But the fame wasn't going away. The career wasn't going away. So I was in a place where I'm gonna have to deal with this, and I don't want to drink it away or do something stupid. So I just kind of faced it head-on. I sought out some therapy in South Korea and talked to some people, which was very helpful so I didn't feel like I was going nuts and understood that it was a real thing, that it was OK.
The end of this is that I was able to get through it. When they come on [very rarely] now, I sort of know how to redirect. It's weird with that stuff. … It can be like, on an airplane, all of a sudden you're starting to freak out a little bit. Or it's backstage when the stakes are high. Here it comes, here it comes. You can feel it coming. Like, please don't let it get to where I know it can get to. Let's nip this in the bud.
So I'll do a thing where I just trace the lines in my hand, and that helps ground me. I'll stare at the palm in my hand, especially on flights, because it doesn’t help if I look up and I'm getting claustrophobic or something and the panic is starting to come. You're just in a tube over the Pacific Ocean, so the hand helps.
WM: What aspect of your mental health would you describe as a work in progress?
DH: I’ll be super honest. I've dealt with some alcohol issues over the last 20 years. It runs in my family. I think it evolves too as you get older. It can be very sneaky at times how it presents and how it doesn't present. So that's something I still have to be careful with because I can get to a point where I'm dealing with some heavier mental situations that I'll want to sort of medicate with a glass of wine or a couple beers or something. I have to be very careful with that 'cause I can drink too much. I'm also very proud of that because I have it under control.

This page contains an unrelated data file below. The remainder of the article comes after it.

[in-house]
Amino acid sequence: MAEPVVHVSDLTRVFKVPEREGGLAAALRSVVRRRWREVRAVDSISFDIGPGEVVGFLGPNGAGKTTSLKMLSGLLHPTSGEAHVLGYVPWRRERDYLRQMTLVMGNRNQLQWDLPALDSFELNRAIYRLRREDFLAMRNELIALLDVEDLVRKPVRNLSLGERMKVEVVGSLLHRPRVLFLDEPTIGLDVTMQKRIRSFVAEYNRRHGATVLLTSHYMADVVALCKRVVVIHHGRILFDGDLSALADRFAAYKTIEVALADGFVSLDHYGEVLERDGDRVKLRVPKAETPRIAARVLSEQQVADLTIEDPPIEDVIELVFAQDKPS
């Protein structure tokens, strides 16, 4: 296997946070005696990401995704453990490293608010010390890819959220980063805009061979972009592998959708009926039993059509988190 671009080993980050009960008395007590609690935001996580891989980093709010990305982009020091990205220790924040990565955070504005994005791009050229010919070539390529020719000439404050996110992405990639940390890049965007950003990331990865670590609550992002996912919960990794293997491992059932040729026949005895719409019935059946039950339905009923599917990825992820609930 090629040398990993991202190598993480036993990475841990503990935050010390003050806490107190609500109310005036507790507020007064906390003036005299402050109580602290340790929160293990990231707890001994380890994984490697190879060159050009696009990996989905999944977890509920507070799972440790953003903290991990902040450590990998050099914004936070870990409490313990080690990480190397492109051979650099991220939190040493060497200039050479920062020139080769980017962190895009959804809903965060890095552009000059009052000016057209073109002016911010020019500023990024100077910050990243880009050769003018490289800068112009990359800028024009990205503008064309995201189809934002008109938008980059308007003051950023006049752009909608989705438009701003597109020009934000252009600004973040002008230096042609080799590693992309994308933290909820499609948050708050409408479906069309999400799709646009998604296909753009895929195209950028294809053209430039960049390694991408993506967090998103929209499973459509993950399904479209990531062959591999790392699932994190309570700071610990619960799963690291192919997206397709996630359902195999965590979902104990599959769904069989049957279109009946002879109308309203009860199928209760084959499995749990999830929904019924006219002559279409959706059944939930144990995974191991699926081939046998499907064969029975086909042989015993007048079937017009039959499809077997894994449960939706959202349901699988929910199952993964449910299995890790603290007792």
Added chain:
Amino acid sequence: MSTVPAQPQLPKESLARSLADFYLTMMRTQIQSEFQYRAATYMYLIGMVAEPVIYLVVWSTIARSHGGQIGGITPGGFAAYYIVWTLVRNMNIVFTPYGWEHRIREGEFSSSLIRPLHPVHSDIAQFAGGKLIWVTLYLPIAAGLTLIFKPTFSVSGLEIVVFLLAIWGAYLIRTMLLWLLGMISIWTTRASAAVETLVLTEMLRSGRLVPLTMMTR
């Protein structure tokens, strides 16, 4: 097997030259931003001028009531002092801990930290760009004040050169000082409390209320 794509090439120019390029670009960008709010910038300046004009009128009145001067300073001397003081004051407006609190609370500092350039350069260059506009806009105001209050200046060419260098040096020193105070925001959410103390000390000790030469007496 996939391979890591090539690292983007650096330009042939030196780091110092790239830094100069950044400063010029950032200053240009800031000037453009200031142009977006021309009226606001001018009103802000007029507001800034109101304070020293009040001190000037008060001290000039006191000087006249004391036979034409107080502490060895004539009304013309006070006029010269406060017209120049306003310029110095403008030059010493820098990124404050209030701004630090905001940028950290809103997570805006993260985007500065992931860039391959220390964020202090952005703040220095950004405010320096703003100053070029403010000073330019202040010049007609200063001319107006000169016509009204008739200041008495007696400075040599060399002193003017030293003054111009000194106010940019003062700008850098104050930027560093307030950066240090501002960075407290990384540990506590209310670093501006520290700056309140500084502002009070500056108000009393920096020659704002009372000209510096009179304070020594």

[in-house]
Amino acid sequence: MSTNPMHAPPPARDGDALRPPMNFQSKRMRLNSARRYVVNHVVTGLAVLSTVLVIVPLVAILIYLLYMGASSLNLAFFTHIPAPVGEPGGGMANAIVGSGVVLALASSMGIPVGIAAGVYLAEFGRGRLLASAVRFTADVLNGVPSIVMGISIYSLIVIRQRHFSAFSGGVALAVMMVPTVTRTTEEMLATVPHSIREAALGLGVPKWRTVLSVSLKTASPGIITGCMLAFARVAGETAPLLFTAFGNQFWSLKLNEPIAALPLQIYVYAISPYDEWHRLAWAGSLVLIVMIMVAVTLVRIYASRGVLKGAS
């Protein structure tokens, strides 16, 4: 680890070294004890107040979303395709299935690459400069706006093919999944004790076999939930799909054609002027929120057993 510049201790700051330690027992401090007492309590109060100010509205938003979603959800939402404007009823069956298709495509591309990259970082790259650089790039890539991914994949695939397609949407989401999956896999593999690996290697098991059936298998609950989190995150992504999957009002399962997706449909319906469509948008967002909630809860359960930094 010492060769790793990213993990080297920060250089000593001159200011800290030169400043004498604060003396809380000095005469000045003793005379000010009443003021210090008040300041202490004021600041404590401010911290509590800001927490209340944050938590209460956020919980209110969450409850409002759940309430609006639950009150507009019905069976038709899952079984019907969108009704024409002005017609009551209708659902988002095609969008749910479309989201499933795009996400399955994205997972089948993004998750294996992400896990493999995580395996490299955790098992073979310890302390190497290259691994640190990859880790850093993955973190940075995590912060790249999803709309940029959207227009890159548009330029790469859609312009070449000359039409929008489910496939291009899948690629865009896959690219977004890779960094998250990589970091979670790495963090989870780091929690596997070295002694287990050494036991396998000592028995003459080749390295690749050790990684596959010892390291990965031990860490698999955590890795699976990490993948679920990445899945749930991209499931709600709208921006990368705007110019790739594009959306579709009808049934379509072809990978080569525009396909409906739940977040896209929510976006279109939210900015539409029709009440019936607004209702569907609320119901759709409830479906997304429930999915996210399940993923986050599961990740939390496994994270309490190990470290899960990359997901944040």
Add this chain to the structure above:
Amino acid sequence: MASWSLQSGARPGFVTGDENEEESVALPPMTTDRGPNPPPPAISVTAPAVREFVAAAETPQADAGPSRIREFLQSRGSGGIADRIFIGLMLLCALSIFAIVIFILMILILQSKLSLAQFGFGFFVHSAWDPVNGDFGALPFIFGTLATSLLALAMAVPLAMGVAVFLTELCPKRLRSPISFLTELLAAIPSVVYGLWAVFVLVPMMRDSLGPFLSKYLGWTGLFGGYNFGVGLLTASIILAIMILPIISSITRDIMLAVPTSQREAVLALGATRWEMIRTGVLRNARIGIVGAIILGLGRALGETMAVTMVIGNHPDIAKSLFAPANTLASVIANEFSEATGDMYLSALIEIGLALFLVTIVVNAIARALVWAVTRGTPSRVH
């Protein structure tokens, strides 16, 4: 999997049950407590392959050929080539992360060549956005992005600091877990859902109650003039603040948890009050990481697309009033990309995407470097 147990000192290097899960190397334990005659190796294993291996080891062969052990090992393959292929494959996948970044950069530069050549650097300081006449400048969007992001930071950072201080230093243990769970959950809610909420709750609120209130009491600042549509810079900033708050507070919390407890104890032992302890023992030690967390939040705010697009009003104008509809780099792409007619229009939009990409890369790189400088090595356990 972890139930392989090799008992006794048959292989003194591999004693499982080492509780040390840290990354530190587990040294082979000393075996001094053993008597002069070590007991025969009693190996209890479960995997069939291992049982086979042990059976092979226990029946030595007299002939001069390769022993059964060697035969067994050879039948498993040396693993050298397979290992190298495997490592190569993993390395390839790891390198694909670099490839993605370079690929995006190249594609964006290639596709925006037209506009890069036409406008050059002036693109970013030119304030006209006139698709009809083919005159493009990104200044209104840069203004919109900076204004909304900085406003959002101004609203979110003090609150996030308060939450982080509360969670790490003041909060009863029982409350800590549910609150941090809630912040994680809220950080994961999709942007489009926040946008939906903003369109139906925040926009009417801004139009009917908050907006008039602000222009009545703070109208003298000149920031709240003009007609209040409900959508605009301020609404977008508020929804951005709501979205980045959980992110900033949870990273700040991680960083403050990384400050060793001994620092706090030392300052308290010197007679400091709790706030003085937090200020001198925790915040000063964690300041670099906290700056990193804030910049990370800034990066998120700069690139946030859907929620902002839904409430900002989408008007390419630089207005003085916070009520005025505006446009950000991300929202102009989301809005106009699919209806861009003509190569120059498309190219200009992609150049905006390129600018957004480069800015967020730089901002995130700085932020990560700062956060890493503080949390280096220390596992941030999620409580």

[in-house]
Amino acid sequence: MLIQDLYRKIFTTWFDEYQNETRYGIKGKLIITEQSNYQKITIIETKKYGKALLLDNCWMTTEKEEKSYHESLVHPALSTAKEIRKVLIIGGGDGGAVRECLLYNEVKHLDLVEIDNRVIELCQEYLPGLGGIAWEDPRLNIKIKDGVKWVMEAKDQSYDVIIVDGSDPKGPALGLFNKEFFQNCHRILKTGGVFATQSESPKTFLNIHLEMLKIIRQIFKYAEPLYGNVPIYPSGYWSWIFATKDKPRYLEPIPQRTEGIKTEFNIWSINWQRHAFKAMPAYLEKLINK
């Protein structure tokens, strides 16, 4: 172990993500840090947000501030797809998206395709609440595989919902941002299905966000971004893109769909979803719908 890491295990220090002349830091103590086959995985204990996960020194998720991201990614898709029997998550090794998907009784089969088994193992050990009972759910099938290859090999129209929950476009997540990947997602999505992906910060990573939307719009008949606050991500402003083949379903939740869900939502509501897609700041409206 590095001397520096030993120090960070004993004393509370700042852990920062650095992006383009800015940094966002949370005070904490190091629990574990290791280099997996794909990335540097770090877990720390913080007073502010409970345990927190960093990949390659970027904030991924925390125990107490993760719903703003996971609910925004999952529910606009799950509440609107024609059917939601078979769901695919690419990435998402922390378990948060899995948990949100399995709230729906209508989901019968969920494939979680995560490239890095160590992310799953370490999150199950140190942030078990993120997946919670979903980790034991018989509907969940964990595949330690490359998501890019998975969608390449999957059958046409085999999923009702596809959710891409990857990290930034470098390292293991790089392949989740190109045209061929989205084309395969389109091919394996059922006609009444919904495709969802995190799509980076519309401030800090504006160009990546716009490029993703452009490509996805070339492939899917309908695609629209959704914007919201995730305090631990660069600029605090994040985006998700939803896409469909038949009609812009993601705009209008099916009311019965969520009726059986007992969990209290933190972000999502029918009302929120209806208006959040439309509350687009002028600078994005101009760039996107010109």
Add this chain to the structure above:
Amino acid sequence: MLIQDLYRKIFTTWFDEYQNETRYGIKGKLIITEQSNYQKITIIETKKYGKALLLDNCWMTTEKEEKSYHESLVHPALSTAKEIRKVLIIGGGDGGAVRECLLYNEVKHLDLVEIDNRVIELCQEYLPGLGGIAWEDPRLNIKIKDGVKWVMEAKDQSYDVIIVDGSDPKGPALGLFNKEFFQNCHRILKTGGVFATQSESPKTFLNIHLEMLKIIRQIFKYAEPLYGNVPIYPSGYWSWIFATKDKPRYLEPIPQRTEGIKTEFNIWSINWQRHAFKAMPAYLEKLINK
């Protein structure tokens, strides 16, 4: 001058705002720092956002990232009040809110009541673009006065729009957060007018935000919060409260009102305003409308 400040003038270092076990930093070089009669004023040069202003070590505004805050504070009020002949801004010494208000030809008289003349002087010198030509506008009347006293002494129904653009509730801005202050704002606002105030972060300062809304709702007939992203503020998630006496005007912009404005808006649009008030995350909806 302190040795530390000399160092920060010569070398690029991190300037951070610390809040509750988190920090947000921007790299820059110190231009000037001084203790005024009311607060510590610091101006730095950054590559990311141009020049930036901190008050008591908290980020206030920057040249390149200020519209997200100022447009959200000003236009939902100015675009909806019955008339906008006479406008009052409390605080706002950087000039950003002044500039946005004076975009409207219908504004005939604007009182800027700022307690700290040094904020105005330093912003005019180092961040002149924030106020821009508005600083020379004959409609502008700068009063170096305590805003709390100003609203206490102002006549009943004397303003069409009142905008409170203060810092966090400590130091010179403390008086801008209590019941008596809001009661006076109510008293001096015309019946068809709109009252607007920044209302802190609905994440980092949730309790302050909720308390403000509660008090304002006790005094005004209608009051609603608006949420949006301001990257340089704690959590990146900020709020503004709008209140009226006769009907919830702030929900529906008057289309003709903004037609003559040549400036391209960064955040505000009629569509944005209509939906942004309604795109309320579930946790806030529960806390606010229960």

I'm not trying to talk badly about any culture, but a lot of South Koreans drink, and it's very accepted there. It's part of every wrap party, every dinner—everything is just wrapped in alcohol. It became a crutch for me as a young kid dealing with a lot of fame, being thousands of miles away from my loved ones. It was pretty comforting to know that you could have a couple glasses of wine and things didn't hurt as bad. But I quickly learned that was a slippery slope.
So I still deal with that. I'm not in any sort of program or anything, but I just make sure that I'm very careful. Like making sure I'm in a very good place before I indulge or anything. But I think it's a daily struggle. And I think it's tricky because people think maybe as you get older and get wiser, I guess, that you're able to deal with things more. But I think you constantly have to address it and be present with yourself. You're still that same person inside.